Pensions UK: What's new this week - 26 April 2021
26 April 2021
Welcome to your weekly update from the Allen & Overy Pensions team, covering all the latest legal and regulatory developments in the world of occupational pensions.
This week we cover topics including: a blog post by the Pensions Regulator on the new criminal offences; and a Treasury Committee report on Net Zero and the Future of Green Finance.
The Pensions Regulator (TPR) has published a blog post discussing its approach to the new criminal offences under the Pension Schemes Act 2021, aiming to provide reassurance that TPR will not ‘overstretch the intent and purpose behind the powers’. TPR highlights that both offences (avoidance of employer debt and materially reducing the likelihood that members will receive their accrued benefits) require three elements: intent, an act (or omission) and the absence of a reasonable excuse. It notes that ‘We are not in the business of making the lives of competent and responsible trustees, advisers or employers, or anyone operating in this space, harder.’
TPR states that it ‘will not be targeting acts pre-dating the offences coming into force’ – this is an issue of some concern to a range of parties where a DB scheme is involved, for example in a corporate transaction or restructuring. The offences (due to go live in autumn 2021) are not retrospective, but TPR’s draft policy states that evidence of prior acts/omissions ‘may be relevant to our investigation/prosecution of actions after that date, for example if it indicates someone’s intention’. As a result, parties are already taking steps to ensure that relevant decision-making processes and reasons are appropriately recorded.
We have submitted a detailed response to the consultation and will report on the final policy in due course.
A report by the House of Commons Treasury Committee has made recommendations that could herald an increased policy focus in future on how trustees incorporate environmental, social and governance considerations into investment decisions in relation to default funds.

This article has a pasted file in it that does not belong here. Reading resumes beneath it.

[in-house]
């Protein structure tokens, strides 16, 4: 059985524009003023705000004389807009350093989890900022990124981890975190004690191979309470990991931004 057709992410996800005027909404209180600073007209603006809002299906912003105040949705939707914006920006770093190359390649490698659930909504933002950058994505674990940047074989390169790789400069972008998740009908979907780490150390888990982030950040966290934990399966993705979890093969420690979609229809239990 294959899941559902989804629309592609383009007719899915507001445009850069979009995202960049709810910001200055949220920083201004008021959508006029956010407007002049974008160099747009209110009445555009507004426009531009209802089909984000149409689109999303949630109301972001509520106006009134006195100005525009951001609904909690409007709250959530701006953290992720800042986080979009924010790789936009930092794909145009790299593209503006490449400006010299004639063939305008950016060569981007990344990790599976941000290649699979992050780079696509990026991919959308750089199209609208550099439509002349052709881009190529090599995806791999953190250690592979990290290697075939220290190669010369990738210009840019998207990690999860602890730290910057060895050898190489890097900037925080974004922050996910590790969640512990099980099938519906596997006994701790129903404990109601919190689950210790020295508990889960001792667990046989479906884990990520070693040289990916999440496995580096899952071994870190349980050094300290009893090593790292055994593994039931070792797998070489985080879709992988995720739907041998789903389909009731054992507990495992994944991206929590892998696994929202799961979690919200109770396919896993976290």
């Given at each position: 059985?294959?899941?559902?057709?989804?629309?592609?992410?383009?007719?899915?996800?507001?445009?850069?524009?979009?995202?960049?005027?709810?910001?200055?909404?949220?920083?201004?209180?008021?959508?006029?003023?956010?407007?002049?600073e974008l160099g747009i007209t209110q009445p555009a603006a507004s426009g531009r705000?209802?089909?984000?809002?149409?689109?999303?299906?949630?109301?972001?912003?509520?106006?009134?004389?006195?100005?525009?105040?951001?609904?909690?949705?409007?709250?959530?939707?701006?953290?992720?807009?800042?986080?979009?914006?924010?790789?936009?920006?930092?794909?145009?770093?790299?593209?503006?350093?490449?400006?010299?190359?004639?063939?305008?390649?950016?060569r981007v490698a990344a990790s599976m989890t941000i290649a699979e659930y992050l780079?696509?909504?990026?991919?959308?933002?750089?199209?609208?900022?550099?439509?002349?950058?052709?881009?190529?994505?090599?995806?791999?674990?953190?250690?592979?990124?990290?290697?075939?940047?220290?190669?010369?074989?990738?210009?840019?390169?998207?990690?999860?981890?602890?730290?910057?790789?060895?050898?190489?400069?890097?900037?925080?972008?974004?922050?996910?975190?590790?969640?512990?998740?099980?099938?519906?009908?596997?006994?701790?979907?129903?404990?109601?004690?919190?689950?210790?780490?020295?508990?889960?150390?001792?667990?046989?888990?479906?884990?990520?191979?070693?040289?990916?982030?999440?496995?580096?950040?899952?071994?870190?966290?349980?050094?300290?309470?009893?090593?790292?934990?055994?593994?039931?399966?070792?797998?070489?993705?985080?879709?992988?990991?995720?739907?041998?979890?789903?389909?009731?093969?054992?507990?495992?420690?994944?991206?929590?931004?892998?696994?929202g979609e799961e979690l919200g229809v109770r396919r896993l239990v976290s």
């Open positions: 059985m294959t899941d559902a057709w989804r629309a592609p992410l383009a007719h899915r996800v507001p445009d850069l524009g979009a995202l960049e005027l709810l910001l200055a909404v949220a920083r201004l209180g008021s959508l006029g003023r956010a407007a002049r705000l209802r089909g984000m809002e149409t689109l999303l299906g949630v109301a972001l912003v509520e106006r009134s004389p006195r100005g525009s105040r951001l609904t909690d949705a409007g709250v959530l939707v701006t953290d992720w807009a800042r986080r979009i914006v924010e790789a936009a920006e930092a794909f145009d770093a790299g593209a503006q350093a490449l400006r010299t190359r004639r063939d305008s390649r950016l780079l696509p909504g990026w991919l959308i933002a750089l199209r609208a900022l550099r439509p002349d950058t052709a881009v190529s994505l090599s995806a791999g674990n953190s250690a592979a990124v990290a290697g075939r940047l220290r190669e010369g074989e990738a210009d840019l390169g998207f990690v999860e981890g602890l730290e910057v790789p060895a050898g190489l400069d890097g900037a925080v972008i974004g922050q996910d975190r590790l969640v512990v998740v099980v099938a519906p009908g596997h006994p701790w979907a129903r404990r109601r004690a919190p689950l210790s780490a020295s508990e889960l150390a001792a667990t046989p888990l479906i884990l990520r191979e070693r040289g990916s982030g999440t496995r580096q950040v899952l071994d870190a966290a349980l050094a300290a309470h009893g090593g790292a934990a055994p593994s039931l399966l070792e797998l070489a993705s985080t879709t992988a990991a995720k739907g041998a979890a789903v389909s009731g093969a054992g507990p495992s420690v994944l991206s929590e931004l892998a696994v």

The report notes that ‘The Treasury has been robust in its view that default funds should not be required to move to more green alternatives, but at the same time maintains that consumers should not have to switch out of the default fund to invest sustainably. The Government should resolve this apparent contradiction.’ It recommends regular reports on the proportion of DC members whose savings are invested in default funds (currently estimated at 96%), and the extent to which those default funds are aligned with a path to Net Zero. The report also flags concern that the draft regulations on climate change governance and reporting requirements, made under the Pension Schemes Act 2021, exclude schemes with less than £1 billion in assets.
We are delighted to invite you to be part of an audience of trustees and advisers for a debate that cuts to the heart of the complex topic of applying GMP equalisation to historic transfers-out. Does the Lloyds ruling require trustees to do it? Are they liable if they don’t? Is it practically feasible? Is it economically viable?
You’ll hear our experts debate both sides of the argument and have the chance to put your own questions to our speakers before casting your vote – join us at 5.30pm on Thursday 29 April for an entertaining and insightful event under the ‘Chatham House’ rule. If you would like to submit any questions ahead of time, then you will find an option to do that on the RSVP form.
Please click here for more information and to register.
Our next Pensions Academy sessions will take place online from 9.30am to 10.30am on the following dates:
Monday 10 May – Governance: new Code, new practices
TPR is consulting on a ‘single Code of Practice’ which should eventually consolidate existing Codes and guidance. But the draft Code doesn’t just consolidate – it adds or increases new regulatory expectations in some areas, and it deals with entirely new requirements, including the formalisation of a risk management function for each pension scheme, and the requirement to perform regular ‘own-risk assessments’. We’ll guide you through the changes and help you prepare for the new requirements.
Wednesday 12 May – Pension scheme investing: the sustainability revolution
Pension scheme investment decisions have been an area of increasing regulatory focus in recent years, but the TCFD-style reporting requirements that are due to affect some schemes from 1 October 2021 are probably the most significant change yet. Experts from our investment team will guide you through the changes they are seeing in this area of increasing public interest and political attention.
Friday 14 May – Legal update: what’s now and what’s next?
It’s already been a busy year for consultations and new developments but there’s much more to come as the government and regulators work through their 2020 backlog. Members of our Pensions team will update you on the current state of play and what’s on the horizon to shape your future agenda.
Please click here to register for any of these webinars.